Almost High Peaks

7. Snowy Mountain, Indian Lake

Just 101 feet shy of the 4,000-foot mark, Snowy is a demanding climb with more than 2,000 feet of elevation gain and a round trip of almost eight miles. There is a restored fire tower on the summit as well as views of nearby Indian Lake and the distant cluster of High Peaks.

8. Goodnow Mountain, Newcomb

If you’re looking for an easy-to-moderate family hike that puts you very near the center of the High Peaks, Goodnow is a great choice. The trail is very well designed, with boardwalks and bridges over wet areas. Near the top, a narrow ridge leads to the rocky summit capped by a 60-foot tall fire tower.

9. Poke-o-Moonshine, Keeseville

A five-mile round trip on the beloved trail up this stand-alone peak provides fine views toward Lake Champlain, the northern border of the Adirondack Park and the High Peaks from an entirely different perspective. A restored fire tower adds to the vistas, and you may even meet rock climbers, who tackle the peak’s extensive rocky face the hard way, when you reach the top.

Bears, Cats and Owls

10. Bear Mountain, Cranberry Lake

The trailhead is within the state campground so a day-use fee is required. But it’s worth it to walk with the family up this 2,200-foot peak overlooking the giant lake. When you’re done with the loop trail in two hours or so, you can take a refreshing swim at the campground beach.

11. Black Bear Mountain, Inlet

Since the trailhead is close to the bustling hamlet of Inlet, hit the trail early to avoid crowds. It’s four miles round trip to the Black Bear summit, but a loop that descends the other side of the mountain, toward the Uncas Road, gets you into more secluded forest and covers almost seven miles.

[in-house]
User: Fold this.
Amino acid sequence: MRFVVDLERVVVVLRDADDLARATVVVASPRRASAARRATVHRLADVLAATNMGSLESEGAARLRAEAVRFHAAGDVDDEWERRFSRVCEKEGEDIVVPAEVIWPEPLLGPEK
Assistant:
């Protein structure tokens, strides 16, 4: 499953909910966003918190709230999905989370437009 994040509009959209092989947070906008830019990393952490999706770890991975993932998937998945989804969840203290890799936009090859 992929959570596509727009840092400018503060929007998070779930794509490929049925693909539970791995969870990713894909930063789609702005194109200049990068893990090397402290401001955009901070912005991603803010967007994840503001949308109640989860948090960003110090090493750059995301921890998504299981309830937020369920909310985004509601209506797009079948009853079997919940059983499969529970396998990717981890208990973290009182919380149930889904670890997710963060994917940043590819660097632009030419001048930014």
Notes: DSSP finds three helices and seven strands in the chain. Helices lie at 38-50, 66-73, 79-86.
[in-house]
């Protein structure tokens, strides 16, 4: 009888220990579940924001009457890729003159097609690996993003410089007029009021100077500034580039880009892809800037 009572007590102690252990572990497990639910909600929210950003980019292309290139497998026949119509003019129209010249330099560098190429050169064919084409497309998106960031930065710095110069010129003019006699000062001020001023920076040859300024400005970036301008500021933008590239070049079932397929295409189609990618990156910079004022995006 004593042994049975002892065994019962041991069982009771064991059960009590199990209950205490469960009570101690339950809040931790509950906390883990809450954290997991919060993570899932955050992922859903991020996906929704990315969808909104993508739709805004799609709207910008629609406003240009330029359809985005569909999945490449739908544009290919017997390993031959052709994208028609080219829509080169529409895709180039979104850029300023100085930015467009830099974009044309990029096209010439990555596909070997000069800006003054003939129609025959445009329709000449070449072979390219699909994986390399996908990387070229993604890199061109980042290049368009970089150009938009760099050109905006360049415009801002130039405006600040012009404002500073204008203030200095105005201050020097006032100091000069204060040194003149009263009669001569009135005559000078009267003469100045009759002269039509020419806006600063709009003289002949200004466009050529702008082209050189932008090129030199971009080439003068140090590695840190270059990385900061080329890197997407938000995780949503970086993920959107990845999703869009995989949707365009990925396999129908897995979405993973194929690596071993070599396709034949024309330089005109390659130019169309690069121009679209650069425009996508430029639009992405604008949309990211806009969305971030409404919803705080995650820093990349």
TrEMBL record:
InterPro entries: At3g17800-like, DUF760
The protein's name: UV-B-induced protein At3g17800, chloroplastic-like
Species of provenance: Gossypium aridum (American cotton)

12. Cat Mountain, Wanakena

The round trip for this rocky little peak is nearly 13 miles, but the view from the top is terrific, looking toward Cranberry Lake and Five Ponds Wilderness Area.

13. Cat Mountain, Bolton Landing

The Lake George Land Conservancy thoughtfully designed the Cat and Thomas Mountain trails, and they travel past wetlands and beaver ponds up gentle inclines to great views of Lake George and the mountains on the east side of the lake. The round trip is about six miles.

14. Coon Mountain, Westport

This four-mile round trip up a 1,000-foot mountain is a natural Stairmaster; the route goes steadily up to the top, where Lake Champlain vistas unfold. Coon is part of a preserve owned by the Adirondack Chapter of the Nature Conservancy.

15. Owls Head Mountain, Long Lake

Dominating Long Lake with its craggy profile, Owls Head is about 2,800 feet tall, with a fire tower on top. The round-trip distance is six miles, with some steep pitches.

16. Owls Head Mountain, Owls Head

South of Malone, on the northern edge of the Adirondack Park, this Owls Head also has a six-mile round trip for hiking, though the elevation gain is less than 700 feet.

Bogs, Birds and Blooms

In the Adirondacks hiking includes hitting the high spots and admiring some low spots, specifically wetlands such as mires, swamps and bogs. Below are three classic bogs ideal for bird-watching and botanizing.